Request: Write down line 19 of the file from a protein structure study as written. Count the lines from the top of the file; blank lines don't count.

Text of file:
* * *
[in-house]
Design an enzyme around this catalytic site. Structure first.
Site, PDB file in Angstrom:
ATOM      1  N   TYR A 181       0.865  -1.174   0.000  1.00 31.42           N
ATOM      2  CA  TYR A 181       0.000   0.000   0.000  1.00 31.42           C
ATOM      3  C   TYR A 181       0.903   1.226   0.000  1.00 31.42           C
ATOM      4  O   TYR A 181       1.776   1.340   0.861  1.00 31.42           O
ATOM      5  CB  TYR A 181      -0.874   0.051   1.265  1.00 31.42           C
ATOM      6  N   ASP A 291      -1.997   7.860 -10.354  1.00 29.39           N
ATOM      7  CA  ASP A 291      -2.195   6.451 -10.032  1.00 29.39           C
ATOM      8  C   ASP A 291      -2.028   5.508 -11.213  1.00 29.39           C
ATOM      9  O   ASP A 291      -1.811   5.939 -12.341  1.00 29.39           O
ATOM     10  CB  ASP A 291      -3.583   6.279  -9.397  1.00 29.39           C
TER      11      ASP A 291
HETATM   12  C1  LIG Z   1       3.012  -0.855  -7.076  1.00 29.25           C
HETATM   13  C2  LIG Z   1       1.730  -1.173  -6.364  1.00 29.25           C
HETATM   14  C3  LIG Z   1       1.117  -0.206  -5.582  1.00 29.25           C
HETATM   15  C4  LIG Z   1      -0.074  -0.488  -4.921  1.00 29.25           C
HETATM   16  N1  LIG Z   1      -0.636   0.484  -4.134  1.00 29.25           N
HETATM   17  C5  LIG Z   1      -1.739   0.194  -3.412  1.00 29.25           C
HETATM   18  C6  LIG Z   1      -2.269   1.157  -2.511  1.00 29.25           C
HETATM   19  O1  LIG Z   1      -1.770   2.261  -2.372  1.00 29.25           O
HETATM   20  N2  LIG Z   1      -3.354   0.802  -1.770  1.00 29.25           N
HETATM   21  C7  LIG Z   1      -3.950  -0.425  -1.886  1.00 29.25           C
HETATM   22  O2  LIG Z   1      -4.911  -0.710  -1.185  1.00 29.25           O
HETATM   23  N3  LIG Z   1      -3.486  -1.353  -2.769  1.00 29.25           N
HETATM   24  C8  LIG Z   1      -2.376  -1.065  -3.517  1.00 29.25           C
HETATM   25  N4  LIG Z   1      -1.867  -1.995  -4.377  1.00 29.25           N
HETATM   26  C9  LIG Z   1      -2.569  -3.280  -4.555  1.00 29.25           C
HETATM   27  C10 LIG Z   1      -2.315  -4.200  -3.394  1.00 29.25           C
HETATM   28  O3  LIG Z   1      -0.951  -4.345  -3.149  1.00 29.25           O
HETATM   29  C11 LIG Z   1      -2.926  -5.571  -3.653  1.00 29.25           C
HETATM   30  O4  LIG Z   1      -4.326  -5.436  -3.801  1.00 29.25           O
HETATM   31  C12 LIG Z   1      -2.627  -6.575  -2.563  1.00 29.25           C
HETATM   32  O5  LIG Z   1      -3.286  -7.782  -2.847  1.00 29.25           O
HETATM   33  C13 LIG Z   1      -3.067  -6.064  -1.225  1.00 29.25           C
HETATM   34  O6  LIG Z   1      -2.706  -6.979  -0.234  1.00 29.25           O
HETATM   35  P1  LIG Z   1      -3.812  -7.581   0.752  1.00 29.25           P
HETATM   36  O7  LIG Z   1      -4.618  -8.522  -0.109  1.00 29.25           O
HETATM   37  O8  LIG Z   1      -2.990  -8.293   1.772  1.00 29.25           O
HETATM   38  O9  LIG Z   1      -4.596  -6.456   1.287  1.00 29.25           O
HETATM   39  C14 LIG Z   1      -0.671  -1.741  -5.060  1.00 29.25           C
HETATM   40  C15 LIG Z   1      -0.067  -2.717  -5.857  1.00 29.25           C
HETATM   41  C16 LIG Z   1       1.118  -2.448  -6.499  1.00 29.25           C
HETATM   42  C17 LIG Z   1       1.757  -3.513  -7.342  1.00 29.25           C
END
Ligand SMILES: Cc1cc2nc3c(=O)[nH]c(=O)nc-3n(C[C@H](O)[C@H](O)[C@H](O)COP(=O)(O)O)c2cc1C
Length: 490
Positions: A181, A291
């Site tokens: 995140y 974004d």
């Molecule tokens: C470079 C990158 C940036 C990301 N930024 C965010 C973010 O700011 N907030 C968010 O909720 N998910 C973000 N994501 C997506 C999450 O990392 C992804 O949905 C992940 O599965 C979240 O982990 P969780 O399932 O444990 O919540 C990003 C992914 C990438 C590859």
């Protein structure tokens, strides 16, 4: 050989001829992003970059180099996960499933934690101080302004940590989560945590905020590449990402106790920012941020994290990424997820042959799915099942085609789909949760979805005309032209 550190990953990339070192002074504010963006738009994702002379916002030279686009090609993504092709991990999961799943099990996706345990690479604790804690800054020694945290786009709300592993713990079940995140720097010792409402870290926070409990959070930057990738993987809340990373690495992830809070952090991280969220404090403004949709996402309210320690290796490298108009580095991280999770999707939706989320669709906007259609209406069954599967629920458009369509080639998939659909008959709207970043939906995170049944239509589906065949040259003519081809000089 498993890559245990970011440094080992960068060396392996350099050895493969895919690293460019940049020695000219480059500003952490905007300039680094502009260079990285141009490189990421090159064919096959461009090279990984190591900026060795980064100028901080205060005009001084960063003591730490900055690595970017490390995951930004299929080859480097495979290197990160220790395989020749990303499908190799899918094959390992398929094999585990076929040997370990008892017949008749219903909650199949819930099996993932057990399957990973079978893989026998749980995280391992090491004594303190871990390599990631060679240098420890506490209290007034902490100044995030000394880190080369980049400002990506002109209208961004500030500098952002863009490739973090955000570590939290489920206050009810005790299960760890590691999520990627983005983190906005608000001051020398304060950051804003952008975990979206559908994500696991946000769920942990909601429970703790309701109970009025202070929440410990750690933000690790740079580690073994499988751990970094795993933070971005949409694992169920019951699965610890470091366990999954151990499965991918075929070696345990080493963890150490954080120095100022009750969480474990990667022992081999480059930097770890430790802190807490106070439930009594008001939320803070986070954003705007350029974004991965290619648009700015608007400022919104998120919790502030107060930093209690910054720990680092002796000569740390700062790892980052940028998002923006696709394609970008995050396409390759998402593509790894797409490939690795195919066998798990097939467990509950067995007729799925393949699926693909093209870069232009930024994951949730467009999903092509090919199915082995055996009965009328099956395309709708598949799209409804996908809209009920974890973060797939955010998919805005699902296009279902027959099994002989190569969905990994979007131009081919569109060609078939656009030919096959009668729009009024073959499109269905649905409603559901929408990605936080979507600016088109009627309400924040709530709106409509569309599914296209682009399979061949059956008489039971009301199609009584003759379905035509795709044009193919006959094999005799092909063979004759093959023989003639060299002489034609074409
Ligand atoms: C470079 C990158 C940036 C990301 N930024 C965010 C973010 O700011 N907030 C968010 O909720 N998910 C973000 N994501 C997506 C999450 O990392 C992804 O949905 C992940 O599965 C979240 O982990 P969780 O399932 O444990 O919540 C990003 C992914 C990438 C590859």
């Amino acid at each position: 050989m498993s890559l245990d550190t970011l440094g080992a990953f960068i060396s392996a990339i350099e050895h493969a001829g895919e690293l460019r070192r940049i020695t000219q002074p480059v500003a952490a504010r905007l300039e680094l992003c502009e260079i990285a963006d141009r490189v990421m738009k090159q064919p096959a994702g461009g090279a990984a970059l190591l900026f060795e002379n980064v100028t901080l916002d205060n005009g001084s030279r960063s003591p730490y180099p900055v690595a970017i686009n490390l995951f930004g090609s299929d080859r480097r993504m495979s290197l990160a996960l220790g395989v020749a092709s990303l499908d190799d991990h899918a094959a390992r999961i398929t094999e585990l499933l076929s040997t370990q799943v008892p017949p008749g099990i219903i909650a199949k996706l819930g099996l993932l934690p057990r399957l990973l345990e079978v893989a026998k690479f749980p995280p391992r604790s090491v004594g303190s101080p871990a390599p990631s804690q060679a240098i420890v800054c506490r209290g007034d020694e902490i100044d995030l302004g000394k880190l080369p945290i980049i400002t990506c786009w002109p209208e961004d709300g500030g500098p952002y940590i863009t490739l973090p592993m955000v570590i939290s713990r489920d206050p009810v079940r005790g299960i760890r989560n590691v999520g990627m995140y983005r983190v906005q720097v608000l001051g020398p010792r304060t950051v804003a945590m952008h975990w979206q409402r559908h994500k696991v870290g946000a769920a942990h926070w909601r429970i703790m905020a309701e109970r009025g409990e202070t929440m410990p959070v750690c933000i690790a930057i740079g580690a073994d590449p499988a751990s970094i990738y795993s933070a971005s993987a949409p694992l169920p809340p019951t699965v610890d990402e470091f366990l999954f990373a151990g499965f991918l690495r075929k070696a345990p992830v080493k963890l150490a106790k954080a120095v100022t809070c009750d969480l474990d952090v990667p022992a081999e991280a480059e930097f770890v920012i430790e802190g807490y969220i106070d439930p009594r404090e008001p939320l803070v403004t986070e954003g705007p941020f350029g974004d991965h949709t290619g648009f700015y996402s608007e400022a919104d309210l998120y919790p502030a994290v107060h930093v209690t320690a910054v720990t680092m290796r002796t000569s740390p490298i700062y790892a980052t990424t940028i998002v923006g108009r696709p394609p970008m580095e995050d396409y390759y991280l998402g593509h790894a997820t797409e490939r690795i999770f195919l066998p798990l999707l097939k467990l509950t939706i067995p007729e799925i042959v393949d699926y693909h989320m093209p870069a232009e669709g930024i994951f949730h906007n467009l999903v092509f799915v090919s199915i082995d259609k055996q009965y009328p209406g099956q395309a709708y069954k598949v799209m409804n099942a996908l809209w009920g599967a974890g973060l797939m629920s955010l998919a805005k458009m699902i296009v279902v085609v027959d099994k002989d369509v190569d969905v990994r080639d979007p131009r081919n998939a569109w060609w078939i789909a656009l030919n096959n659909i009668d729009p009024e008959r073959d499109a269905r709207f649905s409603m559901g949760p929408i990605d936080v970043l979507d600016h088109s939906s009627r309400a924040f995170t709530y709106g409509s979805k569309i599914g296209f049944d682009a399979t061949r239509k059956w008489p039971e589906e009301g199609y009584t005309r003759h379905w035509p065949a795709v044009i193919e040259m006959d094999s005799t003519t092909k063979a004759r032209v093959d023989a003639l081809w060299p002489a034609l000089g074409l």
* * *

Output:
HETATM   16  N1  LIG Z   1      -0.636   0.484  -4.134  1.00 29.25           N